FDA approves a powerful new opioid, rejecting criticism from advisers

Ebony Scott
November 7, 2018

Officials with the FDA have approved a new opioid, (Dsuvia, AcelRx Pharmaceuticals), sparking some controversy in the media that the opioid has potential for abuse. Sufentanil is between five and 10 times more potent than fentanyl and the tiny pill is only three millimeters across. And in doing so, the agency addressed wider regulatory thinking for endorsing such a medicine amid nationwide angst about overdoses and deaths attributed to opioids. In a statement, FDA Commissioner Scott Gottlieb, MD, sought to deflect criticism of the approval, saying that, "Looking beyond this particular drug approval, I believe that we should consider whether we should be doing more to evaluate each candidate opioid, not just as an independent review decision, but rather also to consider each novel opioid drug in the context of the overall therapeutic armamentarium that's available to patients and providers". "It is certain that Dsuvia will worsen the opioid epidemic and kill people needlessly", Dr. Sidney Wolfe, founder and senior adviser of Public Citizen's Health Research Group, said in a statement. That might allow the agency to turn down future applications for new opioid approvals if the drugs are not filling an unmet need. The Defense Department paid for R&D activities for Dsuvia through a 2015 contract in search for a replacement to using morphine injections, according to AcelRx's Securities and Exchange Commission filings.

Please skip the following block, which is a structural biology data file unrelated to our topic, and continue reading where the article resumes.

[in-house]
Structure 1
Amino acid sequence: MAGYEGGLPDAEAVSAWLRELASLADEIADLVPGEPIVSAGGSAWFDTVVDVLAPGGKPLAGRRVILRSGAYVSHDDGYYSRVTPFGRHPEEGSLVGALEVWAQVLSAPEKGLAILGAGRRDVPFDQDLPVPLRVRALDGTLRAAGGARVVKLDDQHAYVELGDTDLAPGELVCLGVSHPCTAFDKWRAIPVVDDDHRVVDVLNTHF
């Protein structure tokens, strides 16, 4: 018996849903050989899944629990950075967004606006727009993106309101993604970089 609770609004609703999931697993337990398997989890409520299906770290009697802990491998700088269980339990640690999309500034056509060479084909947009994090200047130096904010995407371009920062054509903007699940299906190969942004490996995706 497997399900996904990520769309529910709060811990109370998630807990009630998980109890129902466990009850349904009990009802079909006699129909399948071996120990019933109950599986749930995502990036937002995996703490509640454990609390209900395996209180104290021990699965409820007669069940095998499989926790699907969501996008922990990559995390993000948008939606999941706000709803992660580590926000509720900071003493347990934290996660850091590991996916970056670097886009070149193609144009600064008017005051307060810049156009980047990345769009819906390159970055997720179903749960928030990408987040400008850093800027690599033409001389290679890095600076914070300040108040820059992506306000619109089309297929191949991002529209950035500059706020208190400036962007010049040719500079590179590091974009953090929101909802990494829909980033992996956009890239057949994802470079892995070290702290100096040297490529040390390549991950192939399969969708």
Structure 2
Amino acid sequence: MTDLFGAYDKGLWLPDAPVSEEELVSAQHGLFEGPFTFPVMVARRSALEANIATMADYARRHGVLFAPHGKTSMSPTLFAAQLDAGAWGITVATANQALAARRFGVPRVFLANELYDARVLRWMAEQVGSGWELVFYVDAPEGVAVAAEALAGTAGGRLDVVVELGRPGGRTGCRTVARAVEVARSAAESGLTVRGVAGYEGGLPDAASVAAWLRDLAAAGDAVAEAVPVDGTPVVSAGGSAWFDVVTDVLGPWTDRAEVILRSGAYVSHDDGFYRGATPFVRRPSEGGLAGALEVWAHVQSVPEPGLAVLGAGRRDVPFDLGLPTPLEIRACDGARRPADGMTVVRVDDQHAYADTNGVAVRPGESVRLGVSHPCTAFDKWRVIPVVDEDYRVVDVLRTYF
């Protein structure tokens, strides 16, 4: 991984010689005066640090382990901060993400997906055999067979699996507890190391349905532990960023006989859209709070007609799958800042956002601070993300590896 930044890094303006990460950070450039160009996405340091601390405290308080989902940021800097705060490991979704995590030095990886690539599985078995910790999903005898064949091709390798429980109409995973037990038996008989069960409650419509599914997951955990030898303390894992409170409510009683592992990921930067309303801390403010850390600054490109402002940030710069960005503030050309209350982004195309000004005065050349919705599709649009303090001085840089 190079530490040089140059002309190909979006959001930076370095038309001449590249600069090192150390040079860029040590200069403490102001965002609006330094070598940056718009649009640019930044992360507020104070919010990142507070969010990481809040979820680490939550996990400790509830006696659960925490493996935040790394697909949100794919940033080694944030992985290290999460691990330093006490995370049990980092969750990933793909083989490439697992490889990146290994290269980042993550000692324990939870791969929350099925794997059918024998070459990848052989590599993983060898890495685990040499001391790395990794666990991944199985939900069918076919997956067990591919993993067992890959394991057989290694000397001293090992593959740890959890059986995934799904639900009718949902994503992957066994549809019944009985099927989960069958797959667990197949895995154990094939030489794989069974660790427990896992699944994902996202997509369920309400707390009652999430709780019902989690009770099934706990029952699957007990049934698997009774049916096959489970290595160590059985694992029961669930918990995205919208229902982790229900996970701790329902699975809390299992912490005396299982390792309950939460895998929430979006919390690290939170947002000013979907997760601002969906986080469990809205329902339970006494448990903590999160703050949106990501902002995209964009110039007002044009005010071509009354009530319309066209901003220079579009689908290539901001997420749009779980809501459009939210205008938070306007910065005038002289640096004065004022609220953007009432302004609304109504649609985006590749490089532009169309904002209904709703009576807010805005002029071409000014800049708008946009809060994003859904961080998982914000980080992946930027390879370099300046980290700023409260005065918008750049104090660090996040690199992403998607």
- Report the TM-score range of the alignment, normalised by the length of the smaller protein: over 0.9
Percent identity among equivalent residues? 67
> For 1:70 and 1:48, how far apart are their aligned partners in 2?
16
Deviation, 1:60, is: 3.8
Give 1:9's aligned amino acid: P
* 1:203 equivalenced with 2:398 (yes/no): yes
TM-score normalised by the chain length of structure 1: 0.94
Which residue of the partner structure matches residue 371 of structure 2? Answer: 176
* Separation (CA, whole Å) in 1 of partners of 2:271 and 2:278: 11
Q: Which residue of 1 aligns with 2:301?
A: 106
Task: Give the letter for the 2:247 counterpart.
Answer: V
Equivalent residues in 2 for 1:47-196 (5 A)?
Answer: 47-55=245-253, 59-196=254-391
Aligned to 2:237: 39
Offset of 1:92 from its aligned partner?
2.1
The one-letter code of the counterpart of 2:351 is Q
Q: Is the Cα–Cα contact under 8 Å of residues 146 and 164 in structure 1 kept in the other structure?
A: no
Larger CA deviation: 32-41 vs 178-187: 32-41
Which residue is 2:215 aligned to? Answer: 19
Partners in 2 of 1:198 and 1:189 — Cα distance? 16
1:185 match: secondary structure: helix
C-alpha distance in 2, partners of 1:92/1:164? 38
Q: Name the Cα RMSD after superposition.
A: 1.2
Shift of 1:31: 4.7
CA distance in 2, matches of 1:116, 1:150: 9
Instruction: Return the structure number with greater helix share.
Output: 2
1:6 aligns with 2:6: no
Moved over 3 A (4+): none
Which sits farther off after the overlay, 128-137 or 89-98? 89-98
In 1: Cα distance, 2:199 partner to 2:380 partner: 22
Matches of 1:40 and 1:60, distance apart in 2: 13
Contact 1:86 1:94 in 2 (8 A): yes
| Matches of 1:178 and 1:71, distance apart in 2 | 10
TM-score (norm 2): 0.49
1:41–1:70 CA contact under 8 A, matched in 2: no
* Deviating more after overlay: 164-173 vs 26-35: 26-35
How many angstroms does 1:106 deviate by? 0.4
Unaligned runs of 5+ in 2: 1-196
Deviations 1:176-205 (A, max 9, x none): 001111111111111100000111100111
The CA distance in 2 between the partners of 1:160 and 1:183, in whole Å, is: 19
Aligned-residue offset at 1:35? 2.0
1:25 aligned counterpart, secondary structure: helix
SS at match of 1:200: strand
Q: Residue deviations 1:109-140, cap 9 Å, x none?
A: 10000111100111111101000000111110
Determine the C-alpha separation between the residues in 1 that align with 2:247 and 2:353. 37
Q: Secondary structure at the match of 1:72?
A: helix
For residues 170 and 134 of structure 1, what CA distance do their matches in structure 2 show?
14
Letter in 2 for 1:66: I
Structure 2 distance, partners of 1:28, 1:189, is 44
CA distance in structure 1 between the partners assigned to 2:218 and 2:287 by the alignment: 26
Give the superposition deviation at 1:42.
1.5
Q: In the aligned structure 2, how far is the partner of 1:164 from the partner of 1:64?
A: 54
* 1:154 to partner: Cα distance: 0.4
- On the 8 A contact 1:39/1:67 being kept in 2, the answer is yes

More: The opioid crisis hits home. Diversion, of course, is the term used to describe how drugs end up in the hands of someone other than the intended patient.

Gottlieb also points out in his statement that it can help in special circumstances in which a patient may not be able to swallow, adding that there could be potential uses on the battlefield. The medication is called DSUVIA; it is a single-dose 30 mcg sublingual tablet of sufentanil. And many of those will overdose and die.

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"The FDA has made it a high priority to make sure our soldiers have access to treatments that meet the unique needs of the battlefield, including when intravenous administration is not possible for the treatment of acute pain", Gottlieb wrote. Most of that was the result of a record number of opioid-related deaths.

Including brand name and generic drugs, there are almost 400 opioids now on the market. "DSUVIA will only be distributed to health care settings certified in the DSUVIA Risk Evaluation and Mitigation Strategy (REMS) program following attestation by an authorized representative that the healthcare setting will comply with appropriate dispensing and use restrictions of DSUVIA", AcelRx said.

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